Earlier detection & diagnosis can have life-changing consequences for those affected. It increases the likelihood of successful treatment & long-term survival while avoiding the massive costs of late-stage treatments.

David King, on behalf of Aidence:

This year, over 52,000 people in the UK will be diagnosed with lung cancer. Until we can improve detection of the disease at its earliest stages, when it is still treatable, lung cancer will continue to remain the UK's biggest cancer killer. We are proud to partner with the NHS to explore how AI technology can improve the life chances of everyone affected by this devastating disease.



About Aidence

Aidence was founded in November 2015 by Mark-Jan Harte (CEO) & Jeroen van Duffelen (CBO). Based in the Netherlands & the UK, Aidence rallies over 60 data scientists, software engineers, medical, regulatory, & business professionals to provide intelligent software for the oncology pathway.


About Hardian Health

Hardian Health is a clinical digital consultancy helping startups & tech developers to tailor their strategic approach by focusing on scientific validity, regulations, health economics & procurement.


About the University of Edinburgh

The University of Edinburgh is a public research university. It is one of Scotland's four ancient universities & the sixth-oldest university in continuous operation in the English-speaking world.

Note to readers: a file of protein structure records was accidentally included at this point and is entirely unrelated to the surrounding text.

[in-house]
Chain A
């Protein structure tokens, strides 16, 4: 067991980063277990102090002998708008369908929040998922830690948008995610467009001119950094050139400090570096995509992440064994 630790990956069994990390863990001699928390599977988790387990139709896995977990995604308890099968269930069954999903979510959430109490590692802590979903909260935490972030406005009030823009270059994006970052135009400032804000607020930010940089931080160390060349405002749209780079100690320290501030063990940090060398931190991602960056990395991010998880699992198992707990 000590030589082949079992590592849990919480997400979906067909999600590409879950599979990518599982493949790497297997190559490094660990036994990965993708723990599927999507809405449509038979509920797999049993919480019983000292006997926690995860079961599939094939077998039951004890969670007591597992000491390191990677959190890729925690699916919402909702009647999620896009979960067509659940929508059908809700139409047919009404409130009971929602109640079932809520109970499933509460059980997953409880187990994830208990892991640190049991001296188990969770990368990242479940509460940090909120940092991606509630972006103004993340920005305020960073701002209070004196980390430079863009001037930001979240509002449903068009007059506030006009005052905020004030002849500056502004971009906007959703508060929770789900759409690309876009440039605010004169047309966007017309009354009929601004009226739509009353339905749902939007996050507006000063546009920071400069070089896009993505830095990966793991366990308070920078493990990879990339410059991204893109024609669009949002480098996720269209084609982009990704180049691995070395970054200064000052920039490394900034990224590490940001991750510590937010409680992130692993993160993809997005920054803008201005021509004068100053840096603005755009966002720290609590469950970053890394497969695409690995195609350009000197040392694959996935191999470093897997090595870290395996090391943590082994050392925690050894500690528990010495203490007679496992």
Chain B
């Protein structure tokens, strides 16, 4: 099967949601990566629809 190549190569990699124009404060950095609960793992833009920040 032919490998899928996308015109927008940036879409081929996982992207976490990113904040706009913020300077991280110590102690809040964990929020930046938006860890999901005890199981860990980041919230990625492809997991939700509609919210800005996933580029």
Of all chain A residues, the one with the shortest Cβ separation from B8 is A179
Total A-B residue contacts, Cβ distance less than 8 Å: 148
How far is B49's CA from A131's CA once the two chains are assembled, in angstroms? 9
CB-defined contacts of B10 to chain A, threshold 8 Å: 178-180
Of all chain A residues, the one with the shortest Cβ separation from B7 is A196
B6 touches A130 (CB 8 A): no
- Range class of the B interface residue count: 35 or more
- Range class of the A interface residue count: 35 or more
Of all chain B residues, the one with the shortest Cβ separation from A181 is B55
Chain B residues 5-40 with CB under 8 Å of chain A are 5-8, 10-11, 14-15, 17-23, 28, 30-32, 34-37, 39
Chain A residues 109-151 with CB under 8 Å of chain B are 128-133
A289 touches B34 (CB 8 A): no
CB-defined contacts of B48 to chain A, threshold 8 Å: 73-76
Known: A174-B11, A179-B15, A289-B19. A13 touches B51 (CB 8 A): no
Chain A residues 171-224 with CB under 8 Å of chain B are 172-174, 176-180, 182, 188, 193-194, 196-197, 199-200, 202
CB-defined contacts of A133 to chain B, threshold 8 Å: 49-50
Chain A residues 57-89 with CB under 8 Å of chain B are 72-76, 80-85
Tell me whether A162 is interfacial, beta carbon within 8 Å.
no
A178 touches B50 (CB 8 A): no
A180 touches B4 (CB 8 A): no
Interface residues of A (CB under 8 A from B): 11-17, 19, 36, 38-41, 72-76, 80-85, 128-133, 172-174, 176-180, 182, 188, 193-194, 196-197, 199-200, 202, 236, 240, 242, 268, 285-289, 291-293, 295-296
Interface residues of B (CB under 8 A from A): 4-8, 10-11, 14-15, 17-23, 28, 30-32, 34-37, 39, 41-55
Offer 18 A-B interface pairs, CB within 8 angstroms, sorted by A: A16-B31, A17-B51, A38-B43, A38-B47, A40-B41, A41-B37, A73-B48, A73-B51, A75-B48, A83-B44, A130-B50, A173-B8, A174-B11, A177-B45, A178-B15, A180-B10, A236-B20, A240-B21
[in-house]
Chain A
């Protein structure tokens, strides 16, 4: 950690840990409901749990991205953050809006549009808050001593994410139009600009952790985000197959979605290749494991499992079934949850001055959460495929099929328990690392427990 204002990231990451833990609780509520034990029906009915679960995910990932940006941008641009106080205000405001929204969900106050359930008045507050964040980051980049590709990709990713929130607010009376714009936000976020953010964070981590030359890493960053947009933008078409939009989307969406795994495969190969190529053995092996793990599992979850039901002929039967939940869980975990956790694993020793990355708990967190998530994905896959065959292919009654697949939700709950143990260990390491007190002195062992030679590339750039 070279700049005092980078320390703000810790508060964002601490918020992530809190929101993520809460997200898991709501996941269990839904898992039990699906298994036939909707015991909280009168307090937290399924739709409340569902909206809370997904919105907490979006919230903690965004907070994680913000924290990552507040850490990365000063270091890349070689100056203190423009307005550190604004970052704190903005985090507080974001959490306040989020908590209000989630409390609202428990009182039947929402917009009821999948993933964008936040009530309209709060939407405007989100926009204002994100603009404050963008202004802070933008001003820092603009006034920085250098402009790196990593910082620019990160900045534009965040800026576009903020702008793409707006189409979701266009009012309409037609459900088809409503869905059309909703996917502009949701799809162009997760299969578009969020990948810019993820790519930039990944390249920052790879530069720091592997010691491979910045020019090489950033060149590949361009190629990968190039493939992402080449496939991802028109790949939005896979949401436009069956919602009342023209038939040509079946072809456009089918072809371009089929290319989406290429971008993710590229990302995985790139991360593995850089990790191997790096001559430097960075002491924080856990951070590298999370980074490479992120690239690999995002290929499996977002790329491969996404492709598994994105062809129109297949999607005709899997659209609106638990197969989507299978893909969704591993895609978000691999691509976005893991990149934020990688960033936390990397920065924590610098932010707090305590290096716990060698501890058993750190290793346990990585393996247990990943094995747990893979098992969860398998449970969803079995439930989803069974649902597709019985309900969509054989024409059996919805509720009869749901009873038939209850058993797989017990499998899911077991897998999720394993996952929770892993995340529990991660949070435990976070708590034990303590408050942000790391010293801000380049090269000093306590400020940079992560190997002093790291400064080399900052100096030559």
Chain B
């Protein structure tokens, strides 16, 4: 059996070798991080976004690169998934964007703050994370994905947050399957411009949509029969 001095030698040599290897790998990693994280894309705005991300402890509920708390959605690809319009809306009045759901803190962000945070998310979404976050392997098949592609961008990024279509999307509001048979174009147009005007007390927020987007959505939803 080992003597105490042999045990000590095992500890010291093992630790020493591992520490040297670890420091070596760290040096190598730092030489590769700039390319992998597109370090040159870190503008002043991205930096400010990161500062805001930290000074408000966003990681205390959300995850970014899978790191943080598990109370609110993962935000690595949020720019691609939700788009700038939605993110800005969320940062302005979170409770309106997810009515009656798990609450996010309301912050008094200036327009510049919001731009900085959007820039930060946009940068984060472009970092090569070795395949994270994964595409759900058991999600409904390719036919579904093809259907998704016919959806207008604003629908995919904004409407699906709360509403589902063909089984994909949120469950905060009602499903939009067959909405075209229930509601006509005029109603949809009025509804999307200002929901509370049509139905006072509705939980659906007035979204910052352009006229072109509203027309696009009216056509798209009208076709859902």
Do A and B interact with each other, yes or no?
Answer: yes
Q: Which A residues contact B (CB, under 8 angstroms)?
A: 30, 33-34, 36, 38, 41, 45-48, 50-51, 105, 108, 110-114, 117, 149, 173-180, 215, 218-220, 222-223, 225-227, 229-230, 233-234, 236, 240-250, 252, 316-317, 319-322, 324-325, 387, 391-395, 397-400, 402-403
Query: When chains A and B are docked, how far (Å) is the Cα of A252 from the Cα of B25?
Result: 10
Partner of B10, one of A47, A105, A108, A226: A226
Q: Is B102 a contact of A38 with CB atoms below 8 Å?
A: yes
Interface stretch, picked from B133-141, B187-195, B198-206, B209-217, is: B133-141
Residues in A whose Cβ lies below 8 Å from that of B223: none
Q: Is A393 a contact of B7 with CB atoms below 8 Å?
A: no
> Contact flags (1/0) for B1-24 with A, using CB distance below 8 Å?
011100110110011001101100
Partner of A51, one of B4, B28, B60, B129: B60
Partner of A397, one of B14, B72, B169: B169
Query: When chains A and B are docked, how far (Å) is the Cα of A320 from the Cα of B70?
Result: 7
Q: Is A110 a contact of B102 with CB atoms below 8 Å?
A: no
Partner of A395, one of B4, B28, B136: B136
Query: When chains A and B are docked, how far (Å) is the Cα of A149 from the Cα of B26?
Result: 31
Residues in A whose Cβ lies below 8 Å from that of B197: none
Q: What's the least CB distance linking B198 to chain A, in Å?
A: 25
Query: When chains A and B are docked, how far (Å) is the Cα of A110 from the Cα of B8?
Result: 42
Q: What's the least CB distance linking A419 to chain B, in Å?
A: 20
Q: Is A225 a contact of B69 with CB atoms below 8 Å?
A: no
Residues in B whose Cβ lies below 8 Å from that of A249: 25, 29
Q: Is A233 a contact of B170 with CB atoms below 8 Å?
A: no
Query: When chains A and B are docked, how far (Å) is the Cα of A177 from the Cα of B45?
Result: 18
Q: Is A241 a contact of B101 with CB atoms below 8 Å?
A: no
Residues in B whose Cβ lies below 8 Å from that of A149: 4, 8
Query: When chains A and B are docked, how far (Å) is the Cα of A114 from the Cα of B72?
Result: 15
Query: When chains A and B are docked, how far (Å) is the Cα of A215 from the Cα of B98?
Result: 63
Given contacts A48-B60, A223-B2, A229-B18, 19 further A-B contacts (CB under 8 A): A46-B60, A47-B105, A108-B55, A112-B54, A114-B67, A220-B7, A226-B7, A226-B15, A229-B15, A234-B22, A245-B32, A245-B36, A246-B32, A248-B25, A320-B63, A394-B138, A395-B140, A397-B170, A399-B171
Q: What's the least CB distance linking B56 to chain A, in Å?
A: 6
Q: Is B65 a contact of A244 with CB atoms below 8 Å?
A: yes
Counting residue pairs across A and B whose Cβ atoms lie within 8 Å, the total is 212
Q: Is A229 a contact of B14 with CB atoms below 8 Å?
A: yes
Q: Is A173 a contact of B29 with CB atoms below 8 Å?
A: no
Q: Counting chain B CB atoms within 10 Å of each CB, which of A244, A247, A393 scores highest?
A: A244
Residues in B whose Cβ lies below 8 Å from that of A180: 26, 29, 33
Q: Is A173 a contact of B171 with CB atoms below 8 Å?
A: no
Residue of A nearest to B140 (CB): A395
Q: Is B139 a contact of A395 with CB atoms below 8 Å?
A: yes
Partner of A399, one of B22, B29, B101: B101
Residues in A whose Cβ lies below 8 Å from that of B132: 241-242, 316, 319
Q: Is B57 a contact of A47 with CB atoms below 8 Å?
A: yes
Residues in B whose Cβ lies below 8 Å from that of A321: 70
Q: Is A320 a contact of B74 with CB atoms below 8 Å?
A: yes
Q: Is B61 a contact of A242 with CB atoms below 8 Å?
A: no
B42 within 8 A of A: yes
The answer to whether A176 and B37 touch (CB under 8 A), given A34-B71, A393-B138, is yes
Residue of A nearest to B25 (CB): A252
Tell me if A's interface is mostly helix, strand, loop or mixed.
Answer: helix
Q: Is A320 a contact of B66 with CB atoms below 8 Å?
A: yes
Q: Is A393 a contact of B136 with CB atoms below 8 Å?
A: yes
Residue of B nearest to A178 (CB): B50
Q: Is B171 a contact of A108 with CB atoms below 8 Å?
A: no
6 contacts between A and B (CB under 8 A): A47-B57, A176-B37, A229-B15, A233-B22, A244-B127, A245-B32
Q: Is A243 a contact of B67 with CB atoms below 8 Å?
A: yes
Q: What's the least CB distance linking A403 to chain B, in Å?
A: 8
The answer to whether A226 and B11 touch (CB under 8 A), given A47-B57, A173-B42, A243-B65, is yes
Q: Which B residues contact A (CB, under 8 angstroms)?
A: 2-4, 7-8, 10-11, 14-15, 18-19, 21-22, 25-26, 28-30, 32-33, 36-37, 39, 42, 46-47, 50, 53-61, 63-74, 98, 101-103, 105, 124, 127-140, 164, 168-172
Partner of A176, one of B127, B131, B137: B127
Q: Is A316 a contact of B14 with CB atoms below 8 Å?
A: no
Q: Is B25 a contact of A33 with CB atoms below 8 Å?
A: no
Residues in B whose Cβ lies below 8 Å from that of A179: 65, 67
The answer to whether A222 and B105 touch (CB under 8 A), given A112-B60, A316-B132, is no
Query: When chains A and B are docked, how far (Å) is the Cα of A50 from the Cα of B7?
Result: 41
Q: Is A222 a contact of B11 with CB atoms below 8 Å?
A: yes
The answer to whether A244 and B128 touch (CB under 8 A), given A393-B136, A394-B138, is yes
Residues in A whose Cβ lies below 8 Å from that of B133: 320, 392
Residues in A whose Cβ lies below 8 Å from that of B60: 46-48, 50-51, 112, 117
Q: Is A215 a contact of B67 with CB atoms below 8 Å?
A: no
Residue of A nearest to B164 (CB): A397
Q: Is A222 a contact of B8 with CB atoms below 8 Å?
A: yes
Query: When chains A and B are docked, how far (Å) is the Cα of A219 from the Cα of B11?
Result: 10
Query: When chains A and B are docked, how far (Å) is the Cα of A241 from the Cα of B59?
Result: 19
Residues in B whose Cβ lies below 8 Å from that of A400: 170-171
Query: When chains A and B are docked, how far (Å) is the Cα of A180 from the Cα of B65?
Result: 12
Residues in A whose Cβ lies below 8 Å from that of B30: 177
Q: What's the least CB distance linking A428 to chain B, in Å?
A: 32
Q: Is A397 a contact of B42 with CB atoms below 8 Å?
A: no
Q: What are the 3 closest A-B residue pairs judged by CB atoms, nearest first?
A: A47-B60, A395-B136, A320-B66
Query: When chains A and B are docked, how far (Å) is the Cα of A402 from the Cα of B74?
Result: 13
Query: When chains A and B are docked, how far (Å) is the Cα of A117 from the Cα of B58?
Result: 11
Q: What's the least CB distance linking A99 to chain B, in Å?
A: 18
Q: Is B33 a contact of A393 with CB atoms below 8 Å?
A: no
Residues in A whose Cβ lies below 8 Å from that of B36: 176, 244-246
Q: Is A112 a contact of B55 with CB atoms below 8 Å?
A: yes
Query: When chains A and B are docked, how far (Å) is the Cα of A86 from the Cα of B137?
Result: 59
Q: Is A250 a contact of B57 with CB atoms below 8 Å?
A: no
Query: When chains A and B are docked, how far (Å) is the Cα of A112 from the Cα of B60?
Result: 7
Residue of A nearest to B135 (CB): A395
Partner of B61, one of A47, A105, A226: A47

About the AI award

The Artificial Intelligence (AI) in Health & Care Award aims to benefit patients by combining the power of artificial intelligence with the expertise of the NHS to improve health & care outcomes.

The Award is making £140 million available over four years to accelerate the testing & evaluation of technologies most likely to meet the aims set out in the NHS Long Term Plan. It is delivered by NHSx in partnership with the Accelerated Access Collaborative (AAC) & the National Institute for Health Research (NIHR).


[1]INPACT -  Investigating Nodule Protocol Adherence using CADe/x Technology: A real world evaluation of the impact on, & outcomes from, radiology decision making using AI software for pulmonary nodule management.




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Novel research aims to show the impact of AI on radiology decision making in lung cancer care.